Mardi, 16 Octobre 2018
Latest news
Main » Blown Deadline: What's Next For Budgetless Illinois?

Blown Deadline: What's Next For Budgetless Illinois?

02 Juin 2017

The proposal now needs Gov. Bruce Rauner's signature, but Rauner has reportedly said he won't support the measure, which he and other Republicans have called a "bailout" for the cash-strapped Chicago Public Schools.

"The state's now $14.5 billion backlog will continue to grow, as will the interest the state owes on its unpaid bills", Mendoza said in a statement.

All this played out during a raucous day inside a Capitol filled with protesters upset that a state budget deal seems unlikely to be reached by the Wednesday night deadline for the regular legislative session.

For more than two years, the main political divide in Springfield has been between Democrats and Republicans. Budget approval after Wednesday takes a three-fifths supermajority vote. We need to protect our taxpayers... and we need a balanced budget.

The fallout from the Illinois General Assembly failing to reach a budget compromise by midnight Wednesday was swift.

"General Assembly, that just want to do a tax hike with no reforms".

Despite the absence of state funding, CPS CEO, Forest Claypool, has announced schools will open on time for students in the fall. Rauner continues to demand cost-cutting restrictions to workers' compensation and a property tax freeze for homeowners. We could have and should have done this two years ago.

Meanwhile, the government functions most pinched by the lack of a budget will continue to be squeezed.

Billions in debt let IL politicians present a balanced budget. But this year's budget failure exposed an additional set of fault lines - among Democrats. IL pays those expenses for all other districts. Lawmakers still have not agreed on a budget. The proposal also includes savings from a pension bill that is not yet law and would only achieve short-term savings while increasing costs down the road.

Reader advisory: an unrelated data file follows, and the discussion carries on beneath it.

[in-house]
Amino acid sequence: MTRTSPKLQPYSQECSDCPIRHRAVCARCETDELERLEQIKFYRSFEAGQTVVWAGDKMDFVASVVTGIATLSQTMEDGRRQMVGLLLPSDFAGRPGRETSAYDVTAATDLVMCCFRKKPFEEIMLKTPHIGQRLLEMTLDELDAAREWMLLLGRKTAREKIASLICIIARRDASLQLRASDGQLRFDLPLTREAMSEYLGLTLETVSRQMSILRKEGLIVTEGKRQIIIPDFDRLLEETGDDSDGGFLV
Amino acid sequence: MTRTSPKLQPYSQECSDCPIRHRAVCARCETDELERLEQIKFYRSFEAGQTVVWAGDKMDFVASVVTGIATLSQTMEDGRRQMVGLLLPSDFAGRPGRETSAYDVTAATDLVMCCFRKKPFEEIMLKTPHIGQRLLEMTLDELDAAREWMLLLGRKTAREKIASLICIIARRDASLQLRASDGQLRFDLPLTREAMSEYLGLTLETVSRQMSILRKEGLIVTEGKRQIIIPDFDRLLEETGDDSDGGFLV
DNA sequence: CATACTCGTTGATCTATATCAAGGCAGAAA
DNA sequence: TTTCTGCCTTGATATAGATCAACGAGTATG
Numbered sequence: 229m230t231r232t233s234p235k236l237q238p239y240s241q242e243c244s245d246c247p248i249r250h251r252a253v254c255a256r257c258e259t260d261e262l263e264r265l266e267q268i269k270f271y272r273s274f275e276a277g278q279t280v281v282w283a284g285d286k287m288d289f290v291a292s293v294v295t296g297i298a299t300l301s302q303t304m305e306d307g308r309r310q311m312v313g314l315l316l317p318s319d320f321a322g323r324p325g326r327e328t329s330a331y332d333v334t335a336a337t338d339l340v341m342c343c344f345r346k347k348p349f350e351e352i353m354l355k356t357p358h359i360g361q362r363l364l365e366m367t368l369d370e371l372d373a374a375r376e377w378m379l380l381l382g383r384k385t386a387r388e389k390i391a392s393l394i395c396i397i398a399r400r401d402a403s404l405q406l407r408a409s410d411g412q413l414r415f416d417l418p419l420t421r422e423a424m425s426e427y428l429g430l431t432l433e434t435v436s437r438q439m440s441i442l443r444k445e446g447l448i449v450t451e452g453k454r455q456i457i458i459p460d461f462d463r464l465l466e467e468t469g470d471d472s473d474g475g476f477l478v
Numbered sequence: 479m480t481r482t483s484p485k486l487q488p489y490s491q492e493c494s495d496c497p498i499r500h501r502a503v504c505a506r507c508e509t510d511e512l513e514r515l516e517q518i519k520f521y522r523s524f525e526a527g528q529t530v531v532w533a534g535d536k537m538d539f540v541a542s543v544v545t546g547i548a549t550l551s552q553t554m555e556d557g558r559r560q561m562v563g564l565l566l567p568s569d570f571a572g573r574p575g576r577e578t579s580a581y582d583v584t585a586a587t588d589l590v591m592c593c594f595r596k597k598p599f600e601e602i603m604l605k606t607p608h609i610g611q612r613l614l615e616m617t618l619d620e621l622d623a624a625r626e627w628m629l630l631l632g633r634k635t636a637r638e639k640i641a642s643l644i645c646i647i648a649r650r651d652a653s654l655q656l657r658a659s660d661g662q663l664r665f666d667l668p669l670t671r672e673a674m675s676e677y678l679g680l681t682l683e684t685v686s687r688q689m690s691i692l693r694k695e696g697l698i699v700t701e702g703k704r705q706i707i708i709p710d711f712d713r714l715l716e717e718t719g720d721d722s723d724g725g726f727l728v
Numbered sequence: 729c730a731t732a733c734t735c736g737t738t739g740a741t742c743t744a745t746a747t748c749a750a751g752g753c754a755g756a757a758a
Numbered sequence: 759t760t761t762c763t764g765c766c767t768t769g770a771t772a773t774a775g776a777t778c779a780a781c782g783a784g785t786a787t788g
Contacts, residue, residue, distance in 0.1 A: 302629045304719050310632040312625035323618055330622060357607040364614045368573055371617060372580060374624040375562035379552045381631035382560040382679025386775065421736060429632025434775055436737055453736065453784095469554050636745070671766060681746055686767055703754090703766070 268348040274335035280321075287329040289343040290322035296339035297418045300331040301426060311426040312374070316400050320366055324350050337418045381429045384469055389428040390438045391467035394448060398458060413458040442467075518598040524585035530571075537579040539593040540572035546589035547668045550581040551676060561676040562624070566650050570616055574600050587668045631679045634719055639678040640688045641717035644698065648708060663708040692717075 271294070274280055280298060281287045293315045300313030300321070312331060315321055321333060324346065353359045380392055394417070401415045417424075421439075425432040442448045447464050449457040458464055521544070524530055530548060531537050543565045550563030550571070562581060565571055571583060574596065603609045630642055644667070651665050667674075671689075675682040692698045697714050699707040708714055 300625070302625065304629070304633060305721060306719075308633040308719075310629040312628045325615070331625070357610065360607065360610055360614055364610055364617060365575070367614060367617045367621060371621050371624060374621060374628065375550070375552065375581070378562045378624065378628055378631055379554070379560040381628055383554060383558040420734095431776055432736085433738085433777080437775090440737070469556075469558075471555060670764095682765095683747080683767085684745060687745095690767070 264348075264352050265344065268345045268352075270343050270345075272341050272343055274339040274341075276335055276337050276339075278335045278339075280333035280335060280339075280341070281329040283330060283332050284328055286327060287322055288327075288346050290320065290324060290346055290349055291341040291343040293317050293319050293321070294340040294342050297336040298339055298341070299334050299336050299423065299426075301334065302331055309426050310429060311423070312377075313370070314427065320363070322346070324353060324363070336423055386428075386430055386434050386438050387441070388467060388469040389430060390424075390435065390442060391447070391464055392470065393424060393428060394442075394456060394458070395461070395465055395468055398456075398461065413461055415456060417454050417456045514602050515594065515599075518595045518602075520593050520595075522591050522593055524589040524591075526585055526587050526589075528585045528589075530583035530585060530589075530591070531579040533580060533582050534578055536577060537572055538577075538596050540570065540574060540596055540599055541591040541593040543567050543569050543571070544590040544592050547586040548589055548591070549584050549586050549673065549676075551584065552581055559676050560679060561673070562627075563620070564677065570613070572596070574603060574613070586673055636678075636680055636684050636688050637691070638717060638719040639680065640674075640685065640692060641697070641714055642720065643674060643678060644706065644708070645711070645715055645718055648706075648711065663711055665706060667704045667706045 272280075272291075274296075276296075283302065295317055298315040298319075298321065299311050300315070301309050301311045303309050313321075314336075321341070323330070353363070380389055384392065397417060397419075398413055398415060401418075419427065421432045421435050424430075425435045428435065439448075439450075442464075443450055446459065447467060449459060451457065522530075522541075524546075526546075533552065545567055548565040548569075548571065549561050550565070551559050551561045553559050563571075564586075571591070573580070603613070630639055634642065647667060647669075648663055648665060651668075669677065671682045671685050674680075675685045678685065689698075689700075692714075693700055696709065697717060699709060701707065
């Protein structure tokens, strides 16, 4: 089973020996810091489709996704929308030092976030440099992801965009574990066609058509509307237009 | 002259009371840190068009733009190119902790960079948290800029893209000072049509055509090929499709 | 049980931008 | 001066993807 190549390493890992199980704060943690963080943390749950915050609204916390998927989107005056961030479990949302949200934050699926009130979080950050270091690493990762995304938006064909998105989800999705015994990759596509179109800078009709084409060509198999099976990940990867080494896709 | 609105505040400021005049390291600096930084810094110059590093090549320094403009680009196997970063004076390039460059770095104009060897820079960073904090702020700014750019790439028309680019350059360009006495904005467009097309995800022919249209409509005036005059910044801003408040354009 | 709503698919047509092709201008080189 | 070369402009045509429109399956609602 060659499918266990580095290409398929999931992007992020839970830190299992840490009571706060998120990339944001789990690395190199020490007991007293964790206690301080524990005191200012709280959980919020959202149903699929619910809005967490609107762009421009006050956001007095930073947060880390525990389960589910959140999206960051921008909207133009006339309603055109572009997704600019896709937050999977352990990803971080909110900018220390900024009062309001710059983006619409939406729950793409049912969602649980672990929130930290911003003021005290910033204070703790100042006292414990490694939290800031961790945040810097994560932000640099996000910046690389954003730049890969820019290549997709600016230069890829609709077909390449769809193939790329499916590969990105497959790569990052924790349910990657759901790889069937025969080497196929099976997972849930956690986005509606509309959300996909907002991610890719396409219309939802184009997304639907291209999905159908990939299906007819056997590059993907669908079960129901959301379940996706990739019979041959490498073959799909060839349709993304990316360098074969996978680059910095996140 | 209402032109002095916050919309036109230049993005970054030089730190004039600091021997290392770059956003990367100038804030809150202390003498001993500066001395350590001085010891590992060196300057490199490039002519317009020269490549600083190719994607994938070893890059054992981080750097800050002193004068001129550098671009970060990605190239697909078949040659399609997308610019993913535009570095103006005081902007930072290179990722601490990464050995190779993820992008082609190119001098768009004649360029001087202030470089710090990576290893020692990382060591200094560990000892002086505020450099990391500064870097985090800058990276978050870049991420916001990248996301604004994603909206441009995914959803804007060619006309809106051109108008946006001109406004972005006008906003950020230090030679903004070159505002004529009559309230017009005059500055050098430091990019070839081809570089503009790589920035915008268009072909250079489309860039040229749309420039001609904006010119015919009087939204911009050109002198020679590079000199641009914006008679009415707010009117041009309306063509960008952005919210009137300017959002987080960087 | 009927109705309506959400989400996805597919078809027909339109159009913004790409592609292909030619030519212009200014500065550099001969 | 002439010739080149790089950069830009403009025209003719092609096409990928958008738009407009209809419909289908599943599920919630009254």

State Rep. Robyn Gabel (D-Evanston), who sponsored the bill in the House, says the bill would increase voter participation and bring the voter registration system in IL up to date. It included raising the individual income tax rate from 3.75 to 4.95 percent, raising the corporate rate from 5.25 to 7 percent, and expanding the state sales tax to a number of services. Yet none of politicians' promises came true.

The House passed a plan to pay for 911 centers throughout the state.

Illinoisans need to plow clear their political fields and install new leaders who not only embrace Lincoln's ideals of "government of the people, by the people, for the people", but who are willing to go forth and put those noble ideals into action. The state's manufacturing base collapsed and never recovered like in neighboring states.

The group Illinois Working Together however, was not impressed, saying that the governor should "drop his agenda and do his job". But the reforms only come in new dollars, and we're in IL.

The Illinois Senate has approved a two-year property tax freeze.

Lawmakers simply spent the money and left IL on a budgetary cliff when the tax hike expired.

Moody's also lowered the state's ratings.

Two credit rating agencies, Standard & Poor's and Moody's Investors Service, slapped IL with downgrades Thursday, hours after lawmakers blew off a budget deadline.

Demonstrators march near the Illinois State Capitol building in Springfield. IL would be the first state to automatically register citizens who visit agencies other than the DMV.

IL can't afford to put off structural reforms any longer.

Blown Deadline: What's Next For Budgetless Illinois?